I’m reading the Obergefell v. Hodges ruling which legalized same-sex marriage, paying particular attention to the dissent portion. The dissent is excellent and all should take the time to read it.
One point brought up concerned the disastrous Dred Scott decision of 1857 which ruled that black people were property of their Southern masters.
Justice Roberts, in his dissent, wrote on page 12 that the “Dred Scott’s holding was overruled on the battlefields of the Civil War and by constitutional amendment after Appomattox…”
In essence, it took a Civil War and the loss of over 600,000 American lives to correct that infamous ruling.
But what, in your opinion, has more importance to our American way of life: slavery or the concept of marriage? Though we all agree that slavery as practiced in our country was a great evil, was that institution—slavery—as important to the continued health of the nation as the institution of marriage?
Clearly not; marriage is the far greater and more important institution because our survival as a nation depends on it: marriage “…forms “the foundation of the family and of society, without which there would be neither civilization nor progress…” (Roberts in his dissent, pg. 7)
Here is the frightening paradox: Americans fought and died in a bloody, destructive Civil War to right the wrongs of the evil and misguided Dred Scott decision, but what is America’s attitude toward the far more injurious and potentially catastrophic ruling of Obergefell v. Hodges? Mostly, “business as usual.” On to the next problem.
And this is the crux of our problem in America: we have lost our moral compass, and we cannot see, or we refuse to see, where our priorities as a nation lie. We no longer have an ever growing army of influential single-minded men and women of God who see things clearly, who, like John the Baptist, call the wicked King Herod to repentance for his unlawful marriage to his brother’s wife.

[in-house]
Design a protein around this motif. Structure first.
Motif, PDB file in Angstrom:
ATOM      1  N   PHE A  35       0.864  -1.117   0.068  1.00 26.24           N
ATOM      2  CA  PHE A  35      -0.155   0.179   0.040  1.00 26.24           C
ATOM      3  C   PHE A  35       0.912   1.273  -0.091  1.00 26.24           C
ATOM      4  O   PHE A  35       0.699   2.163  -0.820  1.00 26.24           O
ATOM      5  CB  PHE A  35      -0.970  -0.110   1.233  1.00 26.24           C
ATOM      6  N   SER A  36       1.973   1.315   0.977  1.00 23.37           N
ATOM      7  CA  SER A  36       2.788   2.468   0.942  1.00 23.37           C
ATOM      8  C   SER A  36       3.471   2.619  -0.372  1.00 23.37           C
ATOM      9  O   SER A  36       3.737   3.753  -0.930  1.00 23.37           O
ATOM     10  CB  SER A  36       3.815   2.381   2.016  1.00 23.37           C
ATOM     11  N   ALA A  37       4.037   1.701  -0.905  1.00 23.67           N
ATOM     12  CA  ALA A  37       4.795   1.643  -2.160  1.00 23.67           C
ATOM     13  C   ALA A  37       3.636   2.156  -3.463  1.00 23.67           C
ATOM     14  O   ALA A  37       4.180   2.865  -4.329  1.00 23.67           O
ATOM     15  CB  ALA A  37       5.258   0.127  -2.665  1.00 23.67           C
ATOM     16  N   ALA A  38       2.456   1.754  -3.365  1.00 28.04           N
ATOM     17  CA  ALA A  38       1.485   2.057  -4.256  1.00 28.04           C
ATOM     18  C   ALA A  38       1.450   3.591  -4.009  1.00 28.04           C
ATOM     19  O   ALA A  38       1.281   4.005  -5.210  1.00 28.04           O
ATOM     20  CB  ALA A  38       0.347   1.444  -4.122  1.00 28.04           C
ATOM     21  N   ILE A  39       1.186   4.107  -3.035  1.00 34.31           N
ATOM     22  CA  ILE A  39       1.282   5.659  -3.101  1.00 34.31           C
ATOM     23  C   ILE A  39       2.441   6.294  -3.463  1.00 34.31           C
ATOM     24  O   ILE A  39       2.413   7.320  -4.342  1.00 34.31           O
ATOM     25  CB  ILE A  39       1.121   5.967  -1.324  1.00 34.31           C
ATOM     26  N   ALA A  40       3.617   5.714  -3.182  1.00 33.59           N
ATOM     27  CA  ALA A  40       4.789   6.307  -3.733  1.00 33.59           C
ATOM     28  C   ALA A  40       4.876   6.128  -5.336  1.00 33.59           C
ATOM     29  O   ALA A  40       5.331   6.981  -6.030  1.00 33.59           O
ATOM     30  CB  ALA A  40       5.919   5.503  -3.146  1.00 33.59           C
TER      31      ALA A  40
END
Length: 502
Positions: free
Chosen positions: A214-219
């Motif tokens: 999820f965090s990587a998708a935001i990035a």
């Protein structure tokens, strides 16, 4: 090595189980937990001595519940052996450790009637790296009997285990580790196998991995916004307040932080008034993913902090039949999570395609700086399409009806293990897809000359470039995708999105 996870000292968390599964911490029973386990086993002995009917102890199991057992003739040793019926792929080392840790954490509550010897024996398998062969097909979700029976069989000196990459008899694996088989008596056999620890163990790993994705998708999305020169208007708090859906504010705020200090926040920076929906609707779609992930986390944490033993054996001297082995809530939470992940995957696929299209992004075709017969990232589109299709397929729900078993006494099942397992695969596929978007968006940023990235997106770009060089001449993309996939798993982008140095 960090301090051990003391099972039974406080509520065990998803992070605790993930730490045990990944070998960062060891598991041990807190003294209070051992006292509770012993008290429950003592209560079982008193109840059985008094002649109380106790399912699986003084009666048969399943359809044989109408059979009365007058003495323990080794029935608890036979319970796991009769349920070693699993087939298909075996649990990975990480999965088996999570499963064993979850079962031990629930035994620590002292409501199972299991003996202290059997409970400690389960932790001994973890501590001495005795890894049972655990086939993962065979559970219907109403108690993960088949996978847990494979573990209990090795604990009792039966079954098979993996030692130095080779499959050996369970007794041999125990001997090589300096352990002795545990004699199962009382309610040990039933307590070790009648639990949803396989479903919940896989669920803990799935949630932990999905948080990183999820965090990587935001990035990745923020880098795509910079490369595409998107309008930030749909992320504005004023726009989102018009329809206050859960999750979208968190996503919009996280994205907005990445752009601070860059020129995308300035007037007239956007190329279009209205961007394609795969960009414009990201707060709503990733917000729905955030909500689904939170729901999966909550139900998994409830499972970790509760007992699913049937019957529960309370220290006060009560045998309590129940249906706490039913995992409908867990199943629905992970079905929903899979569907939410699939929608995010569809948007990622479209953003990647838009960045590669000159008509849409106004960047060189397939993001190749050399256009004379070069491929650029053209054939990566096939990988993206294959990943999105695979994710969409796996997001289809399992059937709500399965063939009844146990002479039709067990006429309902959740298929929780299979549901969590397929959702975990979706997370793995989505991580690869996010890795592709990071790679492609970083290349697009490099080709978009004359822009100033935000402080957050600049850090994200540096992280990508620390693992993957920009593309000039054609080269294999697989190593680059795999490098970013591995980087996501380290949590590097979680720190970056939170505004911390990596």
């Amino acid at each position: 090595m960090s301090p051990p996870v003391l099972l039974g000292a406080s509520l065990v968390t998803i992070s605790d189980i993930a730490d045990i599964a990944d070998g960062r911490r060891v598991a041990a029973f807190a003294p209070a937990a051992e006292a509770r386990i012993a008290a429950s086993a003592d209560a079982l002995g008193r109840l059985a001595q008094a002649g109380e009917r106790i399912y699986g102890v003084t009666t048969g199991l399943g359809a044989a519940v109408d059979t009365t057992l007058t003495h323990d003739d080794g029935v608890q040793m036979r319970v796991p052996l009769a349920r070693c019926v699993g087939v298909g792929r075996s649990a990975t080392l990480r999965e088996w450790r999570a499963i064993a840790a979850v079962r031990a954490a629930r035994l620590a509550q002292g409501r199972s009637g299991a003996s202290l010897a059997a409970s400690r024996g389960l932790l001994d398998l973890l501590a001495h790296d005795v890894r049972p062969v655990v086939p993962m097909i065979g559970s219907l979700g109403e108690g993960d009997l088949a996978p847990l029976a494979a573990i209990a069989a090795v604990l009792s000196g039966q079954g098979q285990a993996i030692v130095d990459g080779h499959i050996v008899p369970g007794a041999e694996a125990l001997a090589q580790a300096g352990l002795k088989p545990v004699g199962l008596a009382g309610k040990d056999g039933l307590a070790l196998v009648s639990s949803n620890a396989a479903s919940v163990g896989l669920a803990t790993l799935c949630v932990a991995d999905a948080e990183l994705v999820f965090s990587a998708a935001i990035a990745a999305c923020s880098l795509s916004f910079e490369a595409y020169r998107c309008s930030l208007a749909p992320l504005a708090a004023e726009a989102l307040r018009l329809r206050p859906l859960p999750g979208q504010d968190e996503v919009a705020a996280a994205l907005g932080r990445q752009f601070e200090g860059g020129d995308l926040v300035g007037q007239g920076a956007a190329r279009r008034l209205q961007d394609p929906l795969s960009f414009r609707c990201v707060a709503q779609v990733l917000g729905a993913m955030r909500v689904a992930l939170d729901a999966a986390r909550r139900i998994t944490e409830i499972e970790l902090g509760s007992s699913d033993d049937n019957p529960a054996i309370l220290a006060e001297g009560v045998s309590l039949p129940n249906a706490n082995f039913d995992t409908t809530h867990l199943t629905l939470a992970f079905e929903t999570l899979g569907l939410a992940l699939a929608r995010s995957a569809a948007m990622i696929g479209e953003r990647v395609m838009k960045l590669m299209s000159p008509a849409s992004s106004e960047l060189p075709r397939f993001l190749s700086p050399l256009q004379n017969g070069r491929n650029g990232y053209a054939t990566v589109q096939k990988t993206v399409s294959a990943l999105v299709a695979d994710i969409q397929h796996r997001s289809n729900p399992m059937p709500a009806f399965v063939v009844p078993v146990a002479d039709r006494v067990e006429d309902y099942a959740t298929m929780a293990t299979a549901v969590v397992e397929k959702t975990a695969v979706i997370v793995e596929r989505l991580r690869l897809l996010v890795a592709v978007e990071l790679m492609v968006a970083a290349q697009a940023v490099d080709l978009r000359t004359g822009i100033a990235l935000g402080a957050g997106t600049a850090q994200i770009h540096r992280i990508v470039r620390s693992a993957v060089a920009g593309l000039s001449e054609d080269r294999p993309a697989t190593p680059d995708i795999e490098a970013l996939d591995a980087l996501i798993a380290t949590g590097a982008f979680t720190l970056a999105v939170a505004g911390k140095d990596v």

We lack men of conviction in America today, fearless men, men who will not compromise with the fickle world and who are wholly divorced from the allurements and temptations of that world with all of its charms, pleasures and conveniences, who will fearlessly and unreservedly call this erring nation to repentance.
We will not have a Civil War to overturn Obergefell v. Hodges. We never did for Roe v. Wade, so why for Obergefell? Because the very heart and soul of America is rotten and compromised, drunk with ease and luxuries, fixated on the natural and temporal, we have no leaders to lead us, no men we can look up to and say, “I will follow you to the death because you represent all that is good, righteous and holy.” We thought that way about George Washington, didn’t we? Where are the Washington’s today?
Football season begins soon, and the attention of America will forget all about Obergefell v. Hodges as we root, cheer, debate, party and fight over who is the best football team this year.
But there is another sound most of us fail to hear, and this is the rumbling of the distant thunder of God’s wrath and judgment as it rolls across this land in an awful magnificence, increasing in might and fury as it draws closer and closer until suddenly, the downpour falls.
America will not—America cannot—survive this evil Obergefell v. Hodges ruling. And unfortunately, we as a nation are refusing to wake up and see how near our national disaster looms.